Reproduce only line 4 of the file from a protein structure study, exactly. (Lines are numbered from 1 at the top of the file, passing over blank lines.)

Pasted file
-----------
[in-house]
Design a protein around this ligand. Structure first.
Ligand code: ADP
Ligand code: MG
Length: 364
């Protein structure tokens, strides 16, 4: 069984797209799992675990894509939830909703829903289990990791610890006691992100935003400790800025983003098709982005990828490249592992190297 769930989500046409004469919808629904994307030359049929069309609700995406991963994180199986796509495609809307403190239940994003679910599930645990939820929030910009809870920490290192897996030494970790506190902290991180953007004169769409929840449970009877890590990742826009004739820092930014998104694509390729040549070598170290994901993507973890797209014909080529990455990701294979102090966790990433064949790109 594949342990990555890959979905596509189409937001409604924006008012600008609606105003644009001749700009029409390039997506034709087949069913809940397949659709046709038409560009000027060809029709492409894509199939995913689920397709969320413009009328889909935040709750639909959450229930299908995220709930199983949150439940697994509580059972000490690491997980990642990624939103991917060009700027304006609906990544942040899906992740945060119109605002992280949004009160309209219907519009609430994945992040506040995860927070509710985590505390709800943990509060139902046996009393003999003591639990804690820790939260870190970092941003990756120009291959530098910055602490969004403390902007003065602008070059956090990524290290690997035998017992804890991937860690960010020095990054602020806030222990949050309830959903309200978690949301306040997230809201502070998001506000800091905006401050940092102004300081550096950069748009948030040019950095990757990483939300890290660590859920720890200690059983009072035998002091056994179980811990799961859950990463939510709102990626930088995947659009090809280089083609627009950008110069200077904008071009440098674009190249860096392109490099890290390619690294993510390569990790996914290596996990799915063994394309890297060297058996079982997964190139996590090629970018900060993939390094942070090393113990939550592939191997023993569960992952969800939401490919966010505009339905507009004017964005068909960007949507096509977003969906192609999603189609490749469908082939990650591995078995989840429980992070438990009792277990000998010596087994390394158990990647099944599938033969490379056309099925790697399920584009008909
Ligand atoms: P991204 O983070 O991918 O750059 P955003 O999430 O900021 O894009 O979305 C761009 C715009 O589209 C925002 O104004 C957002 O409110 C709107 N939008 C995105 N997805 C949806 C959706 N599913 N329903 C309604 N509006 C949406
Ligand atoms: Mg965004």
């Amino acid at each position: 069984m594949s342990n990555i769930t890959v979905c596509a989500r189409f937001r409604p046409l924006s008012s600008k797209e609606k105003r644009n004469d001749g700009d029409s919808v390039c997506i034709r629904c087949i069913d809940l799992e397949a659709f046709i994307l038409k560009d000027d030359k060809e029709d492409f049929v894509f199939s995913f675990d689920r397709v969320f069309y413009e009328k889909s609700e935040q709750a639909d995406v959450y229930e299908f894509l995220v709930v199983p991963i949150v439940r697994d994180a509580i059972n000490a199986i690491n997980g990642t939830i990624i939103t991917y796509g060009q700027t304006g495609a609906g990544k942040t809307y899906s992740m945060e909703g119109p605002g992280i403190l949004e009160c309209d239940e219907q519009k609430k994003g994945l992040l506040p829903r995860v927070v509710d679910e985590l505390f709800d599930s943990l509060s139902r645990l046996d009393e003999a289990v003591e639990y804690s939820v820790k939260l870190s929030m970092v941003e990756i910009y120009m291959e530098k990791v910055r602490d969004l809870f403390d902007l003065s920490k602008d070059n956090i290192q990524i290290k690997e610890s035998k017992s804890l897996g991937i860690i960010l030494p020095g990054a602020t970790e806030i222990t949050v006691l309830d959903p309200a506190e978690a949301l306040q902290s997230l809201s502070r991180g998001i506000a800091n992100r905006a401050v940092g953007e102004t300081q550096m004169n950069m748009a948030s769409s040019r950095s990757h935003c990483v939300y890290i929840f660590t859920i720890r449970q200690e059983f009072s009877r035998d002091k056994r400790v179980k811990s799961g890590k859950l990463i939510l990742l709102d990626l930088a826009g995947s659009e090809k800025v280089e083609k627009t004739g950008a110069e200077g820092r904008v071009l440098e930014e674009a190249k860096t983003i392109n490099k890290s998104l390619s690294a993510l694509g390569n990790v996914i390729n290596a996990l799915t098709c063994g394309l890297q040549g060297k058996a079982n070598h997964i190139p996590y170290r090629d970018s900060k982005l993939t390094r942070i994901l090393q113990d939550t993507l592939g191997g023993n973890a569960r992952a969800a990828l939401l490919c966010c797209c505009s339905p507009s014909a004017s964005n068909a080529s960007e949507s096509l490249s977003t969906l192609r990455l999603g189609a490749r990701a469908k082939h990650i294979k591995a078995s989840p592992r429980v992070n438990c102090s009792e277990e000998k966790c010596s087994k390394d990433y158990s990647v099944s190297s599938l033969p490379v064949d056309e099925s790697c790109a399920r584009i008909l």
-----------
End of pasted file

Ligand code: MG